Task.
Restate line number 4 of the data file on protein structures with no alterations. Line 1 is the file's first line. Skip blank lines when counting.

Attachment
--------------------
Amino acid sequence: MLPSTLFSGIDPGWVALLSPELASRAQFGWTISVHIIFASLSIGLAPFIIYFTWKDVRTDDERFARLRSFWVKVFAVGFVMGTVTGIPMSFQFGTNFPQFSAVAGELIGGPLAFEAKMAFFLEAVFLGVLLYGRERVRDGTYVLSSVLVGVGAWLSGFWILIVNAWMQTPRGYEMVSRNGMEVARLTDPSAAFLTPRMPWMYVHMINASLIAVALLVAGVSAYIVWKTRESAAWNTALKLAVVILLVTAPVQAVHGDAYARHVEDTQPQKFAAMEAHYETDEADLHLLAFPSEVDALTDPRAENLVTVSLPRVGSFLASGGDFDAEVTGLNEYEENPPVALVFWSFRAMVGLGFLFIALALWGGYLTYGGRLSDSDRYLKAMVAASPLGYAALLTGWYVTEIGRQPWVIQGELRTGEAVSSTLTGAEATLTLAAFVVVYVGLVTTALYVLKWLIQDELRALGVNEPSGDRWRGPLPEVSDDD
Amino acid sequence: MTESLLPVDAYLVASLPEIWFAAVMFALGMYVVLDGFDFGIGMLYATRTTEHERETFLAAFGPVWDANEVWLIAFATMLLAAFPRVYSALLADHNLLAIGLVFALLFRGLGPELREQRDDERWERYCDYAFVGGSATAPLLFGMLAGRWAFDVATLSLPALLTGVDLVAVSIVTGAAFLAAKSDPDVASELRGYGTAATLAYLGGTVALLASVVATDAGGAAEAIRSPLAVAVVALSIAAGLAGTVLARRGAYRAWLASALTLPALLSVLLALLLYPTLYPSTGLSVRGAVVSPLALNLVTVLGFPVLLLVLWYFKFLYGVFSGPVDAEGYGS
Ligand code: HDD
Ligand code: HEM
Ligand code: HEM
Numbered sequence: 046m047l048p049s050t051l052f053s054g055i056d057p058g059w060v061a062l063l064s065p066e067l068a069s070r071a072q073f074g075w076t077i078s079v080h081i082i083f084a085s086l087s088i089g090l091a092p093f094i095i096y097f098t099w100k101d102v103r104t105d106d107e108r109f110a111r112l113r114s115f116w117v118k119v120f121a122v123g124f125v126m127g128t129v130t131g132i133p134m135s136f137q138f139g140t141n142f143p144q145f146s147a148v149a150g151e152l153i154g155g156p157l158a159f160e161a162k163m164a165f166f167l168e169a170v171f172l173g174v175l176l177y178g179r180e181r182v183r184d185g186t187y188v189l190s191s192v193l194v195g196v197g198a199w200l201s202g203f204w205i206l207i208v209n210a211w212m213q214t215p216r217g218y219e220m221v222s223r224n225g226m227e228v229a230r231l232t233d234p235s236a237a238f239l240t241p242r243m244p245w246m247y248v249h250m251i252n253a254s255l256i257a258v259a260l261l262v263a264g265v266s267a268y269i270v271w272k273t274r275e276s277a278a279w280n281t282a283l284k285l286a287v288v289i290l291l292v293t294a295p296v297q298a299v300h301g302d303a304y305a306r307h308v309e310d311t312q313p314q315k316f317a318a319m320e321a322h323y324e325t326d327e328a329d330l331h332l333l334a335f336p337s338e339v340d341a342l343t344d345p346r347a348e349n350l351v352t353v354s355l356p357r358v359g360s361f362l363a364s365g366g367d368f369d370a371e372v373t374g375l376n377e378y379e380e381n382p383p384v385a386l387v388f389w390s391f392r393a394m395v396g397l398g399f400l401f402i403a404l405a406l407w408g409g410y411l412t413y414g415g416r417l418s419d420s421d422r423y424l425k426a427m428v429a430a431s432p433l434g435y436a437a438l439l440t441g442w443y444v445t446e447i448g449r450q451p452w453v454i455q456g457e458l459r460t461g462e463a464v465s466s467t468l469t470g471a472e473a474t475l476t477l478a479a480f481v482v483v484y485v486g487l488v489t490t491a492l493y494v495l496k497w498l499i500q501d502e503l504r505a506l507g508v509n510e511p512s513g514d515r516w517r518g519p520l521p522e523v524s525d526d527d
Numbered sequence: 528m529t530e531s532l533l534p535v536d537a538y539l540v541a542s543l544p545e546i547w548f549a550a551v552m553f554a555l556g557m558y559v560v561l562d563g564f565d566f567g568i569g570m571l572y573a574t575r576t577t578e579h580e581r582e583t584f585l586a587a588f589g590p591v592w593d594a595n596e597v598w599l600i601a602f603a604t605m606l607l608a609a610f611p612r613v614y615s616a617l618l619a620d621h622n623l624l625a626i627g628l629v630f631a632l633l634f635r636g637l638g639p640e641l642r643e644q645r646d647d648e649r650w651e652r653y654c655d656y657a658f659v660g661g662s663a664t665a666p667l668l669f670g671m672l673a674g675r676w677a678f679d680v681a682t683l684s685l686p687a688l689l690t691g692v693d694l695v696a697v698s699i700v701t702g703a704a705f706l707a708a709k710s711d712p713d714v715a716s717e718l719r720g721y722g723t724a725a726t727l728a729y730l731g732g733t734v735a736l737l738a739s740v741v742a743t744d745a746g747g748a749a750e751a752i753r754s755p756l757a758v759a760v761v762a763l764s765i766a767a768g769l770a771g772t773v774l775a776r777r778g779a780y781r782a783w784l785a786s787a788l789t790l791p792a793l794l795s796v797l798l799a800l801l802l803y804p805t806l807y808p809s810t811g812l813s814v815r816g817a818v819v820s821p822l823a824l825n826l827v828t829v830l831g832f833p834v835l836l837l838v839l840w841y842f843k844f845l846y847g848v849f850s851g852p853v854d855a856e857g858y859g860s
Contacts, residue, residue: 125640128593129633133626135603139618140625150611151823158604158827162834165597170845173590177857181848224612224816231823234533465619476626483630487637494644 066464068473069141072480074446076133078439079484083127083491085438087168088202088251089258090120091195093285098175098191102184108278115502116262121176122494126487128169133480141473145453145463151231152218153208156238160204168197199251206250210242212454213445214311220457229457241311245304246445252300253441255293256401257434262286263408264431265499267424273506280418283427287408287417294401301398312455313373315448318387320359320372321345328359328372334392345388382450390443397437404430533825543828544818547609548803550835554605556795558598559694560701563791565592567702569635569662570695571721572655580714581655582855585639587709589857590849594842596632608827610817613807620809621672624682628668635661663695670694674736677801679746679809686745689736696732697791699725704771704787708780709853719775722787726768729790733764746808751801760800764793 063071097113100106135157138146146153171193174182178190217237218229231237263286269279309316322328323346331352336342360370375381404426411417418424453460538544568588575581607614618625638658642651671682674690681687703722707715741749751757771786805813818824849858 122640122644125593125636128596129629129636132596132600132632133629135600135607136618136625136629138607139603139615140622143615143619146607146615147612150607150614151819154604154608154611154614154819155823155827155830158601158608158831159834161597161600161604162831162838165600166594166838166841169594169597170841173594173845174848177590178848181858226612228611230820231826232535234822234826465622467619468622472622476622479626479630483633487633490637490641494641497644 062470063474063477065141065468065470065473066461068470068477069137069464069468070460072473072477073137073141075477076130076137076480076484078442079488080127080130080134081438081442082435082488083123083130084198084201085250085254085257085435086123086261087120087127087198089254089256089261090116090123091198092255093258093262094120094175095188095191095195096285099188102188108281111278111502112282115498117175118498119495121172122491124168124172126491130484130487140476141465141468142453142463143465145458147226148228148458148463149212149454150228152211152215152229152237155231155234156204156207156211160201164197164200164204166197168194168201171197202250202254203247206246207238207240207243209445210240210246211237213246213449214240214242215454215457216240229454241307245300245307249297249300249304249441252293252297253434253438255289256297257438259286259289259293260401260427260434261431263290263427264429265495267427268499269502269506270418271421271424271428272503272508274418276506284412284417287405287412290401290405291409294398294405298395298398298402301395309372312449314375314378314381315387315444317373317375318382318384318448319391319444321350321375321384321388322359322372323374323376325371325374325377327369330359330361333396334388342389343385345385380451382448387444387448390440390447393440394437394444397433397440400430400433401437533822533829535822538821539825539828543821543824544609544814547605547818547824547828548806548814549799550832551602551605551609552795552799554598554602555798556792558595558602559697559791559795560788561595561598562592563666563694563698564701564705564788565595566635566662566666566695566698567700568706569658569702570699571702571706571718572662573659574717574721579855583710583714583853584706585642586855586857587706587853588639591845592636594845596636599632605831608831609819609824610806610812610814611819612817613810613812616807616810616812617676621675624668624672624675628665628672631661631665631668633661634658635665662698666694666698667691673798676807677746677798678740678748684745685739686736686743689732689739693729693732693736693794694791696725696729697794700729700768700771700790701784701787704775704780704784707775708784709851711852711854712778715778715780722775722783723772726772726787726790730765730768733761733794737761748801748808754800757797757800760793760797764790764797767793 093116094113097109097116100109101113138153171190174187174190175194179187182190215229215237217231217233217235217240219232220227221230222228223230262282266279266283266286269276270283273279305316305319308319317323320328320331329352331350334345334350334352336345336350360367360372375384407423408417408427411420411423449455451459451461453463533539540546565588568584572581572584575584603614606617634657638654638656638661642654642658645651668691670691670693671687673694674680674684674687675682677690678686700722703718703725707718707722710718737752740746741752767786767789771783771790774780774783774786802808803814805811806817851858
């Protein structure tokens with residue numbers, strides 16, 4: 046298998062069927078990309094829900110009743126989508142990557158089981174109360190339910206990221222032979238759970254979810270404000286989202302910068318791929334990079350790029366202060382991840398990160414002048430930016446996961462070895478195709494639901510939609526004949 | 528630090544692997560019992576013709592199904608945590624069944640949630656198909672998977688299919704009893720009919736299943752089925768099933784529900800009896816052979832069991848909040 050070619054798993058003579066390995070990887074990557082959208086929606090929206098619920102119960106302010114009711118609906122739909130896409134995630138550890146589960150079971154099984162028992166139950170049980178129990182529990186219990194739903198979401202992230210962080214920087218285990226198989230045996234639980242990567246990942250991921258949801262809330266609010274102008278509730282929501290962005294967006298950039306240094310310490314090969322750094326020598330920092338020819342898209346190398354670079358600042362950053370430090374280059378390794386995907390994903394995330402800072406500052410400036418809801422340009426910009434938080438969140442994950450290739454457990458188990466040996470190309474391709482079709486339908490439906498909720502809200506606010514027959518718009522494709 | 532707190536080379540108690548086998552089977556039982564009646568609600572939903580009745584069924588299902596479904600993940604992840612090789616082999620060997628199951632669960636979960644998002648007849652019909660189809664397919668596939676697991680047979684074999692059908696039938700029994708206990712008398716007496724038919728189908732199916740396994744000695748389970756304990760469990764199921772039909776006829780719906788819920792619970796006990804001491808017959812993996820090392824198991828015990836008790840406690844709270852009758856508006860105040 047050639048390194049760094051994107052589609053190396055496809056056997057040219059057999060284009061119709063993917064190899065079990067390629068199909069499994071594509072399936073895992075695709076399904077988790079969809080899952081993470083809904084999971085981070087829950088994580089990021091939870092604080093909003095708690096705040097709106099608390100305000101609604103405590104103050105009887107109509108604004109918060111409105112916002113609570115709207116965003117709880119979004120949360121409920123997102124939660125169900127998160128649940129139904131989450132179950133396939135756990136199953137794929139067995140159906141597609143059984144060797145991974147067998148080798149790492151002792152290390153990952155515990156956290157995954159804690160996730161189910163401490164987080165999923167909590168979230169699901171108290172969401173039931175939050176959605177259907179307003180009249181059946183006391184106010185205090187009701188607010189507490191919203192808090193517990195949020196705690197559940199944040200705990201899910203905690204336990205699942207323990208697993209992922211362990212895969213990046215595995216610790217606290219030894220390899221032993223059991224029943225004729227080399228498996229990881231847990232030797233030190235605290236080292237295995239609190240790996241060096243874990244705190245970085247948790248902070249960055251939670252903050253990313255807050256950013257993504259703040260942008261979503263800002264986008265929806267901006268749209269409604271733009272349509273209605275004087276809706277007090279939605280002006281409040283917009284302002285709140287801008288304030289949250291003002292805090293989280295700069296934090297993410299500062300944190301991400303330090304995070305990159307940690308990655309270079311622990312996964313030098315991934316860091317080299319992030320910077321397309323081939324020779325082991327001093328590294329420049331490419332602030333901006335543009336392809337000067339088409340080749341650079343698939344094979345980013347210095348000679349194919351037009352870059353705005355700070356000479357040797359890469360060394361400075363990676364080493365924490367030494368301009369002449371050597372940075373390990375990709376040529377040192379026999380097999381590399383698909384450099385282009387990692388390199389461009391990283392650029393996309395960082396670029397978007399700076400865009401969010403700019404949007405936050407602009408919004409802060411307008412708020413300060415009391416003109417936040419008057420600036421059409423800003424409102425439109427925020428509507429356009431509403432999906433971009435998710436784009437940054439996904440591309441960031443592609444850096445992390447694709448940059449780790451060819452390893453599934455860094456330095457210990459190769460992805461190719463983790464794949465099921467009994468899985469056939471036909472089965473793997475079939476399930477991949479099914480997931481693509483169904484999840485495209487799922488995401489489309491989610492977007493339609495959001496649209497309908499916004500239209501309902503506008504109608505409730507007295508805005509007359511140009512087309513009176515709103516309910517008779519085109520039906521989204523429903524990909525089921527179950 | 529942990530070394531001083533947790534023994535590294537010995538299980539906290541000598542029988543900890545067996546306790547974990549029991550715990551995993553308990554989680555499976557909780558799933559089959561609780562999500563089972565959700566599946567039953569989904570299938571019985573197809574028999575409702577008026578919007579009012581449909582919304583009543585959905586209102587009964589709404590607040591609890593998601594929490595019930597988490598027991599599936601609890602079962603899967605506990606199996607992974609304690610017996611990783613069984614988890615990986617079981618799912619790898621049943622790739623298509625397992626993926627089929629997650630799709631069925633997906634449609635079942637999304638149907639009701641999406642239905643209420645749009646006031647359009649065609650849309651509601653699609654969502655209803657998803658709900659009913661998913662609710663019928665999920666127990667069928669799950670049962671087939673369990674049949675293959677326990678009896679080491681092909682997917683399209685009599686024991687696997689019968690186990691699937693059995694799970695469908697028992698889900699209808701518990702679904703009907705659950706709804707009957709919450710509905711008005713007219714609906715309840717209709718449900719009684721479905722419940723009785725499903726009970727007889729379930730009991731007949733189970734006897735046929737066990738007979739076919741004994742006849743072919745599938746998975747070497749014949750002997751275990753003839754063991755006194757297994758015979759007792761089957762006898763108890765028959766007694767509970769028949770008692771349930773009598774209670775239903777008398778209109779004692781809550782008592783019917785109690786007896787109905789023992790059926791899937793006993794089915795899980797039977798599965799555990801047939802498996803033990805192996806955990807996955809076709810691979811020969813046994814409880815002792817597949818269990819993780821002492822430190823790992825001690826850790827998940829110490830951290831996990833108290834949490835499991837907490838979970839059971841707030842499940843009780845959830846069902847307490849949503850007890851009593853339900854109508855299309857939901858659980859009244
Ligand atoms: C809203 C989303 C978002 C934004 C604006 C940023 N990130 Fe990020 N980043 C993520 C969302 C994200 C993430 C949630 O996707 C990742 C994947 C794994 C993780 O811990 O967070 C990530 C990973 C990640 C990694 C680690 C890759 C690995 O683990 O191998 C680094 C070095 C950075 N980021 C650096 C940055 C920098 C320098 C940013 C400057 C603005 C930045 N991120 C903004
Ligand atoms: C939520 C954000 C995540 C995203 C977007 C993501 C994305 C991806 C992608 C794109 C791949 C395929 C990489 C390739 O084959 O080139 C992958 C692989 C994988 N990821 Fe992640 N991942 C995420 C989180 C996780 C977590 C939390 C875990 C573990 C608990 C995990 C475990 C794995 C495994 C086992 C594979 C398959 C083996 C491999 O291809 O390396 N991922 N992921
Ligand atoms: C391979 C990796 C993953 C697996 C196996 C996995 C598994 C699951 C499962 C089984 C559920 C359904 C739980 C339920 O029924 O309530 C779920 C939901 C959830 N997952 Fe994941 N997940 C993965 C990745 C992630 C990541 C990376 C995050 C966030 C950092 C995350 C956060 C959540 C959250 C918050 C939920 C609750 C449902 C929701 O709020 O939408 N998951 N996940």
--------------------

Ligand code: HEM